Growing dissent within Democratic Republic of Congo military has forced President Joseph Kabila to cancel this year’s 58th Independence celebration.
Today, the DRC turns 58-years-old but President Kabila will not hold any official celebrations. He addressed the nation last night calling for unity.
The Congolese are geared for elections, but its government does not seem keen. The unease from ordinary members is now spreading to the army where President Kabila has had a grip.
“Even the bigger part of the military is no cooperating,” an official close to events in government states. “So, going into this celebration with a divided military will expose the regime.”
Those within his power system say President Kabila has lost the grip on much of the army and feared holding a massive military operation would expose him.
The sources say President Kabila only enjoys protection from the presidential military guard which make up a very small fraction of the collective army personnel.
Congo’s independence day parades, held each of the last three years, are usually festive events that mark the end of Belgian colonial rule in 1960 and have been used to show off the Central African country’s latest arms acquisitions.
Kabila’s deputy chief of staff, Jean-Pierre Kambila, had also hinted to Reuters news agency on Thursday that there would be no military parade on June 30 “for security reasons”.
The parade was also cancelled in 2012 and 2013 during the country’s war with the M23 rebel group.
Rising violence, a growing humanitarian crisis and a spate of prison breaks have unsettled Africa’s largest copper producer in recent months, adding to an already tense political climate,
President Kabila refused to step down at the end of his mandate in December 2016, increasing instability and raising fears of a backslide to the civil wars of the turn of the century that killed millions.
Thousands of inmates have escaped from jails this year, including about 4,000 from the capital Kinshasa’s main high-security prison last month. In response, police and army have set up night-time checkpoints in Kinshasa’s business district of Gombe.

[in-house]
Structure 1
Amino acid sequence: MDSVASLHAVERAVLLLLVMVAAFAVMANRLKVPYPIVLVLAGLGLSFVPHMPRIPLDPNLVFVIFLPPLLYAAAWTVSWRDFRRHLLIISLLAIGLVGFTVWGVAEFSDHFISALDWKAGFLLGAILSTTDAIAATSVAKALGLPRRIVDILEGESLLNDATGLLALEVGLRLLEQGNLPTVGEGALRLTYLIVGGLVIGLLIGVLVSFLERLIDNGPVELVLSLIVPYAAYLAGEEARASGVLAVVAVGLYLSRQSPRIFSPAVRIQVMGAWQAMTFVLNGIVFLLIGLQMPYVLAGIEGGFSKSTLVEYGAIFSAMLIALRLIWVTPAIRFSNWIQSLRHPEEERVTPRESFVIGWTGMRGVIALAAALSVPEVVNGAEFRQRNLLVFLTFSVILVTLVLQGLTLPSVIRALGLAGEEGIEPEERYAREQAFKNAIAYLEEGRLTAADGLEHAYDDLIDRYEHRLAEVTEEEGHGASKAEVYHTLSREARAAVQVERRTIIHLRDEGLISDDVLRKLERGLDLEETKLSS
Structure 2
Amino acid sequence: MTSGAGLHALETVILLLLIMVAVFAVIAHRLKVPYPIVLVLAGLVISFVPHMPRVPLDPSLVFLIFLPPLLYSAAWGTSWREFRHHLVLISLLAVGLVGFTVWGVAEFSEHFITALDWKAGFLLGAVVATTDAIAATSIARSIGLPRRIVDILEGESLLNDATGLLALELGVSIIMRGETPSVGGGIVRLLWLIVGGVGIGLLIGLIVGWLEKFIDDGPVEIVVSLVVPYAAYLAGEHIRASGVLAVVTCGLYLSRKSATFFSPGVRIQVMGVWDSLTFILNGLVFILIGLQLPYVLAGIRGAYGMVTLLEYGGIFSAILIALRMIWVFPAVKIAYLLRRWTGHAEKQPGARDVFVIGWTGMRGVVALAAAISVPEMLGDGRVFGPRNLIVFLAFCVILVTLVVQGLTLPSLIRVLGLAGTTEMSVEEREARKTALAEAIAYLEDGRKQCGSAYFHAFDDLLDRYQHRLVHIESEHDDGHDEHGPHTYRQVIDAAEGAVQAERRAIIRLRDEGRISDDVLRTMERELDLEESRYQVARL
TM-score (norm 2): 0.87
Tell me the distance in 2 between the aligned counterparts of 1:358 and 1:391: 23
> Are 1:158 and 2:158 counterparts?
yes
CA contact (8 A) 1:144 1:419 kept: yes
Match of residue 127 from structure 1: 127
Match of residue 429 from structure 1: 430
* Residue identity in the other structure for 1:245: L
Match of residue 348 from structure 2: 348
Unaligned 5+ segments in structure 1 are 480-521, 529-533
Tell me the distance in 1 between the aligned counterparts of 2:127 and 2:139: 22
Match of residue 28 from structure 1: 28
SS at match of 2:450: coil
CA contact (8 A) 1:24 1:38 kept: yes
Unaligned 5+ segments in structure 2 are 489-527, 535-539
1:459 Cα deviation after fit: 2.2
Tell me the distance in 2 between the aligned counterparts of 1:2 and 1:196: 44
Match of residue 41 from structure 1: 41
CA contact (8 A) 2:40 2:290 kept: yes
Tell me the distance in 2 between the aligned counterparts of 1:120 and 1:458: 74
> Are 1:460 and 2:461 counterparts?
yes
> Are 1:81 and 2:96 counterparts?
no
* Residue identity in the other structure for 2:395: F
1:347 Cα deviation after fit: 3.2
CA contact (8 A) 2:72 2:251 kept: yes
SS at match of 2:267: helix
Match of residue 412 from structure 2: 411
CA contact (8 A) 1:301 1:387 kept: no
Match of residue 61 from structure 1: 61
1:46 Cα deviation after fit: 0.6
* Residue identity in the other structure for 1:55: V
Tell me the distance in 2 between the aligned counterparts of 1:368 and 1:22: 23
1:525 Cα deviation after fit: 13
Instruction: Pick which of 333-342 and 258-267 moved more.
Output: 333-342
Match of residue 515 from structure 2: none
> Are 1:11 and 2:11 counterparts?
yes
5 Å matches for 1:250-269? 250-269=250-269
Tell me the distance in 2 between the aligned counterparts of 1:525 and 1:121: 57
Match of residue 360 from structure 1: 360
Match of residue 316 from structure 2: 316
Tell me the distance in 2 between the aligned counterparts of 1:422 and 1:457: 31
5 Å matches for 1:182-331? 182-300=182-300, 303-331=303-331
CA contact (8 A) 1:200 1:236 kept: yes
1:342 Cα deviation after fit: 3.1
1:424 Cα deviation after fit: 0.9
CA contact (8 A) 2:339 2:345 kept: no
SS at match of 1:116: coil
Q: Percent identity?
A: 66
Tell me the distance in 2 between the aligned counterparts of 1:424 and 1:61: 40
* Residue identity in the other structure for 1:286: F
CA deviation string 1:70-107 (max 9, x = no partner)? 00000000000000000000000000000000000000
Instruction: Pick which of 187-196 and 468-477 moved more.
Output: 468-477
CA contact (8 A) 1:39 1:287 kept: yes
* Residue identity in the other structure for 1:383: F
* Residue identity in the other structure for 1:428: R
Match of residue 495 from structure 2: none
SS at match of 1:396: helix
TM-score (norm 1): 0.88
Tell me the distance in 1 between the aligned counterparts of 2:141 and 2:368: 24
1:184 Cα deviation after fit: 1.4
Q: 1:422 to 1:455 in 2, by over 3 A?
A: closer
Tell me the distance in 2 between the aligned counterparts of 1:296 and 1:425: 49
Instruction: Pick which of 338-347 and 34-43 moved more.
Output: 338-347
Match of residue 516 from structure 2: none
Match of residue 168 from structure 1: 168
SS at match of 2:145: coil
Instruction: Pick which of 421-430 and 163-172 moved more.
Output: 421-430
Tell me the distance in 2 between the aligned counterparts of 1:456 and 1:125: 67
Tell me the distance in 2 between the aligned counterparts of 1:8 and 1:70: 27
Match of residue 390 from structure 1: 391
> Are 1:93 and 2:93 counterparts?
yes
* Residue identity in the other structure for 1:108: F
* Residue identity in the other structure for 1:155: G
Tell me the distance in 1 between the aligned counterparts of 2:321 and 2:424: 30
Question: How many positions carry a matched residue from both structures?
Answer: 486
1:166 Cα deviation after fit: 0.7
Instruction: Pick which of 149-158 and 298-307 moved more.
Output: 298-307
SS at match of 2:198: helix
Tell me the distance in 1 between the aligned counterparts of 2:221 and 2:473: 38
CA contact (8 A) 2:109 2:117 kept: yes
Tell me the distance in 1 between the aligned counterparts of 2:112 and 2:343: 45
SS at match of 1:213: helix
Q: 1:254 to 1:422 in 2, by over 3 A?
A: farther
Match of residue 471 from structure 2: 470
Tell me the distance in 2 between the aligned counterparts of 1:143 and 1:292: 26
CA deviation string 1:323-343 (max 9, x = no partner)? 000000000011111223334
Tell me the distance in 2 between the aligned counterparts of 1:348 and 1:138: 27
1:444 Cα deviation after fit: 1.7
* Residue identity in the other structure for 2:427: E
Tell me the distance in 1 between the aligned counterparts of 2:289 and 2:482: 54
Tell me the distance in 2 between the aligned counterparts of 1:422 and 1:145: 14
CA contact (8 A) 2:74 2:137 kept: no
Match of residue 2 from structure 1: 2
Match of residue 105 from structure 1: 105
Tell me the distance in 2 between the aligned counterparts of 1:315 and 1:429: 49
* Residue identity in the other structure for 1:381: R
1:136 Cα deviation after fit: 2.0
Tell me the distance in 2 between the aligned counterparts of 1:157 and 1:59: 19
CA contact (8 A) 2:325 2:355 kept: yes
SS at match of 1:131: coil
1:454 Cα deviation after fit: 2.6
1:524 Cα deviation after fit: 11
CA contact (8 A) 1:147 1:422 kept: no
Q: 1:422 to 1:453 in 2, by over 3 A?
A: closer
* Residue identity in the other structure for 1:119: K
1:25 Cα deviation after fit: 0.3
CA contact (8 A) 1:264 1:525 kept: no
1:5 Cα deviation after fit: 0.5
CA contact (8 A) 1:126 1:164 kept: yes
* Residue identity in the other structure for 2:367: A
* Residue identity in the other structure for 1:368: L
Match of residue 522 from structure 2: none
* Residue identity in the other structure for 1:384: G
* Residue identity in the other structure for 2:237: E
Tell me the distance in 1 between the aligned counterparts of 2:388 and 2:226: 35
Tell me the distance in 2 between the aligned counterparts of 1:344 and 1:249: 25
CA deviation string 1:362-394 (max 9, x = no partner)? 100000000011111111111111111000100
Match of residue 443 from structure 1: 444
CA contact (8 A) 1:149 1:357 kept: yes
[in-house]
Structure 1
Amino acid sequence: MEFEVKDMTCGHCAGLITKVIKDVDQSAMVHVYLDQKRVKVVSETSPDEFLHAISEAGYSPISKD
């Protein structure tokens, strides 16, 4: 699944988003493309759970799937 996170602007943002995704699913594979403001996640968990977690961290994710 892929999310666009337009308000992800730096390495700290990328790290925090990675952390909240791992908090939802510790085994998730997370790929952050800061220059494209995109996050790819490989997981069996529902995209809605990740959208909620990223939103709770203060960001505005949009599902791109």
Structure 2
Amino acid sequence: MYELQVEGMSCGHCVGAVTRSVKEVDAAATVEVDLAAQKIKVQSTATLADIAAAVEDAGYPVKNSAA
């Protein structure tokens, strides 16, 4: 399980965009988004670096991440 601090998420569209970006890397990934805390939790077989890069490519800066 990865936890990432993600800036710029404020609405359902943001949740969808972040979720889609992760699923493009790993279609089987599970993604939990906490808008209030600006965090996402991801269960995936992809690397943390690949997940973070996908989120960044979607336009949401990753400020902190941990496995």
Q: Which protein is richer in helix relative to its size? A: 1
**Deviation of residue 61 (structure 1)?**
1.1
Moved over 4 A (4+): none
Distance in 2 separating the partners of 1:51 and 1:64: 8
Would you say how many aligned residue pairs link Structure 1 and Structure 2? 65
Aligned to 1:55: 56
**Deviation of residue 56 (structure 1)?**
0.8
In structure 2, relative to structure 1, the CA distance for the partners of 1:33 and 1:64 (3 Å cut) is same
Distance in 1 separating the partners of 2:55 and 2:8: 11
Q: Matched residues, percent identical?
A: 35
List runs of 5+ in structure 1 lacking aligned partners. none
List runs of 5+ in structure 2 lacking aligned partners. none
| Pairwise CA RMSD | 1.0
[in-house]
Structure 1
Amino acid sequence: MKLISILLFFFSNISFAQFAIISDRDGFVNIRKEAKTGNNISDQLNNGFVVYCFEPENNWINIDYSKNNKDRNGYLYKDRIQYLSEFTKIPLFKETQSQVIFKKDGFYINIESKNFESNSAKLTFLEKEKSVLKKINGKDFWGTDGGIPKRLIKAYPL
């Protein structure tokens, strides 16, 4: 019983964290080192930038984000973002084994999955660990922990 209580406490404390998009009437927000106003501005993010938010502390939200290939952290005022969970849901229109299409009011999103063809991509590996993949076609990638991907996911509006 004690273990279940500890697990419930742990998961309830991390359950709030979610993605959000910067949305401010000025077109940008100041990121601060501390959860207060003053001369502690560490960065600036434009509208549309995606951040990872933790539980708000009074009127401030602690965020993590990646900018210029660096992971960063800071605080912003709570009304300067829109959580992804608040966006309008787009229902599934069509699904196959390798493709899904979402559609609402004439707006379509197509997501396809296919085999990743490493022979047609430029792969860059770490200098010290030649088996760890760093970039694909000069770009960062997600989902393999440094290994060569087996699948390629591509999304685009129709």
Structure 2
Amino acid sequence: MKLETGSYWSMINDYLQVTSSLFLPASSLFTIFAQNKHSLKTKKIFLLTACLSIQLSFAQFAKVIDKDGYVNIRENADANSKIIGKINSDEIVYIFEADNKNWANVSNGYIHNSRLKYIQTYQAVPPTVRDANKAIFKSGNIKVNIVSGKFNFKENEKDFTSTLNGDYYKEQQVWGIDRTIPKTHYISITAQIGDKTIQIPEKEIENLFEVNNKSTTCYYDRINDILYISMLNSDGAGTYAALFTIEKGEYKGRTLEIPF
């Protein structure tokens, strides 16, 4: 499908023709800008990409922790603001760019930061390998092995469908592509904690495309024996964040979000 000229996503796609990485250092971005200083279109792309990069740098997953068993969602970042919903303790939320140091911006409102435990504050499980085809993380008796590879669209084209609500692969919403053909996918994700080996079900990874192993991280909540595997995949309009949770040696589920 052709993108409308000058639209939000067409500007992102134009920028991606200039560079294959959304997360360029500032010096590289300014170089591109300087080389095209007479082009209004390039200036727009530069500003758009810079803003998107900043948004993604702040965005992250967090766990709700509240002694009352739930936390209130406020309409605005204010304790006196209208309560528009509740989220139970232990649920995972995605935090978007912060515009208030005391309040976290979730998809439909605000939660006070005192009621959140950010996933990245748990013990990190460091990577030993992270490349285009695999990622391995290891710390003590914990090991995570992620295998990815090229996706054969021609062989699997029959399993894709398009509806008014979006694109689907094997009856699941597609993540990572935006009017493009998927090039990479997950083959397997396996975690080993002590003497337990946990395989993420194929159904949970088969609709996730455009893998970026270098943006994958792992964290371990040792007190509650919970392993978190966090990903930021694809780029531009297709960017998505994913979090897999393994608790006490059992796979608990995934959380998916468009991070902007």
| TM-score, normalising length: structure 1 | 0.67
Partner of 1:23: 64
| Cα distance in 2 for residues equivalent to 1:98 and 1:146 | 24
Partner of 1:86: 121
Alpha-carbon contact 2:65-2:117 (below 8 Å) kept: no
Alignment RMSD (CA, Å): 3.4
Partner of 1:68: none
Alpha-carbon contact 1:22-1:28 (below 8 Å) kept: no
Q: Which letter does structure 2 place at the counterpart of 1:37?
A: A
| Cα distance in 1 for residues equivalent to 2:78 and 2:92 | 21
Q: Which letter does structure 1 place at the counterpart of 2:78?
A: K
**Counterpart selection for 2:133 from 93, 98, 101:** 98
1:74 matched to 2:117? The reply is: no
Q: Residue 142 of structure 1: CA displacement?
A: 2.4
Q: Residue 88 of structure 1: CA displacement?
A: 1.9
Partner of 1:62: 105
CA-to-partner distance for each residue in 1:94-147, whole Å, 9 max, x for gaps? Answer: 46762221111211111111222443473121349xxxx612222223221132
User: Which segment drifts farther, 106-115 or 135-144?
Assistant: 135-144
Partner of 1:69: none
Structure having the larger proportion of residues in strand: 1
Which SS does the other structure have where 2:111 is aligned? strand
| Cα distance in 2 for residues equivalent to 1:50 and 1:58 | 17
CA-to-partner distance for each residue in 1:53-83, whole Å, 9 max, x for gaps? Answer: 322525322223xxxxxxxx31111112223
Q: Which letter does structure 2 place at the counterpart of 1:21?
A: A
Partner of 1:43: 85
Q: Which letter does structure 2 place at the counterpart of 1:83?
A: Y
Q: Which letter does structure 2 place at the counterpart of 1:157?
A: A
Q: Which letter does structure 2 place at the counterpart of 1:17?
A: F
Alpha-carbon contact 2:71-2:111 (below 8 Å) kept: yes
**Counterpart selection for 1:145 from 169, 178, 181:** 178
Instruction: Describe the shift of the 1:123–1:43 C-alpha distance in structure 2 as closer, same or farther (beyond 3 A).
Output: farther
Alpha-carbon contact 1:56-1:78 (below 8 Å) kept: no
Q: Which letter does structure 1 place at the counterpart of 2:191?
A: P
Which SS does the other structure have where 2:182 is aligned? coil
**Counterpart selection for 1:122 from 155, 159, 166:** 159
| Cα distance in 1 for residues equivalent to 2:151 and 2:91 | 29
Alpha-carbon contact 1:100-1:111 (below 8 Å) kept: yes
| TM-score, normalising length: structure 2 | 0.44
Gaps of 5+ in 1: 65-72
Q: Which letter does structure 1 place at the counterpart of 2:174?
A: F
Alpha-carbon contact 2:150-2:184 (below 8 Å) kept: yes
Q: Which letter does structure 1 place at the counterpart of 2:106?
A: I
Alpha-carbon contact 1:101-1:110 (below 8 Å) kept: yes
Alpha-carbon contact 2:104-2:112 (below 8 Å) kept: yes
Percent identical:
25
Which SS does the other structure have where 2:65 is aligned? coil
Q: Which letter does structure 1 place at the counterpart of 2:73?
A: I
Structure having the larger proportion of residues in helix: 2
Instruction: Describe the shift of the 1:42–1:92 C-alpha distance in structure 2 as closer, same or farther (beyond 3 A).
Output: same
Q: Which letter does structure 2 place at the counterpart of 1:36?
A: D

Meanwhile, fighting between government forces and a local armed group in the central Kasai region has killed more than 3,300 people and forced 1.3 million to flee their homes since August.
Opponents accuse Kabila, in power since 2001, of deliberately delaying the next presidential election in order to cling to power, but the government says the delays are due to a slow voter registration process and financing shortfalls.
Meanwhile, The UN Security Council on Friday extended its arms embargo, asset freeze and travel ban on the Democratic Republic of Congo until July 1, 2019 and the mandate of the Expert Group assisting the Sanctions Committee through Aug. 1, 2019.
Unanimously adopting resolution 2424 (2018), the Council reaffirmed that the sanctions would apply to individuals and entities designated by the Committee established pursuant to Resolution 1533 (2004) that met criteria outlined in previous resolutions.
By other terms, the Council expressed its intention to review the Expert Group’s mandate and take action on any further extension no later than July 1, 2019.
It requested the Expert Group to provide a mid-term report no later than Dec. 30, 2018, and a final report no later than June 15, 2019, as well as to submit monthly updates to the Committee, except in the months when the mid-term and final reports were due.
In that context, the Council reiterated the need for the government to swiftly and fully investigate the killing of the two members of the Group of Experts and the four Congolese nationals accompanying them, and to bring those responsible to justice.
The experts, Michael Sharp, 34, an American, and Zaida Catalan, 36, a Swede, were investigating crimes associated with a rebellion in central Kasai Province of the DRC when they were abducted along with four Congolese colleagues in March 2017.
The bodies of Sharp and Catalan were found two weeks later, about 75 miles south of Kananga.